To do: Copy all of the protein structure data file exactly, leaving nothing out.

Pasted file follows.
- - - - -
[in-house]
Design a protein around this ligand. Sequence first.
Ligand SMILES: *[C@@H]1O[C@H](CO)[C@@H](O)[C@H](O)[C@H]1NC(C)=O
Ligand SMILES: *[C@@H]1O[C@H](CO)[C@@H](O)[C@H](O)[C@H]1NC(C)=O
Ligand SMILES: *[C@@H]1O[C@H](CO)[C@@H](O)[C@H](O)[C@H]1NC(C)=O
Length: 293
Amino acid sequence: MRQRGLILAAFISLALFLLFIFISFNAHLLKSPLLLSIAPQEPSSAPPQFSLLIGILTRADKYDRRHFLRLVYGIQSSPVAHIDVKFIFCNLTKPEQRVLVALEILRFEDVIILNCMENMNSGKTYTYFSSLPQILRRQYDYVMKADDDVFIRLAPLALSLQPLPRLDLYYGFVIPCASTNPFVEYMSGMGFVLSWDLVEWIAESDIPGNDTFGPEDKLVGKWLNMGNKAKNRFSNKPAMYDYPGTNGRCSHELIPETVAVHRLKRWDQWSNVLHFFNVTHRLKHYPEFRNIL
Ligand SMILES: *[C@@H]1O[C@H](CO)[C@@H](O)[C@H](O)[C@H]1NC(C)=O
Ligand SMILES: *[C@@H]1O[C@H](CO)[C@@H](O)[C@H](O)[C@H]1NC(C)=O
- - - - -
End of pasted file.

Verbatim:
[in-house]
Design a protein around this ligand. Sequence first.
Ligand SMILES: *[C@@H]1O[C@H](CO)[C@@H](O)[C@H](O)[C@H]1NC(C)=O
Ligand SMILES: *[C@@H]1O[C@H](CO)[C@@H](O)[C@H](O)[C@H]1NC(C)=O
Ligand SMILES: *[C@@H]1O[C@H](CO)[C@@H](O)[C@H](O)[C@H]1NC(C)=O
Length: 293
Amino acid sequence: MRQRGLILAAFISLALFLLFIFISFNAHLLKSPLLLSIAPQEPSSAPPQFSLLIGILTRADKYDRRHFLRLVYGIQSSPVAHIDVKFIFCNLTKPEQRVLVALEILRFEDVIILNCMENMNSGKTYTYFSSLPQILRRQYDYVMKADDDVFIRLAPLALSLQPLPRLDLYYGFVIPCASTNPFVEYMSGMGFVLSWDLVEWIAESDIPGNDTFGPEDKLVGKWLNMGNKAKNRFSNKPAMYDYPGTNGRCSHELIPETVAVHRLKRWDQWSNVLHFFNVTHRLKHYPEFRNIL
Ligand SMILES: *[C@@H]1O[C@H](CO)[C@@H](O)[C@H](O)[C@H]1NC(C)=O
Ligand SMILES: *[C@@H]1O[C@H](CO)[C@@H](O)[C@H](O)[C@H]1NC(C)=O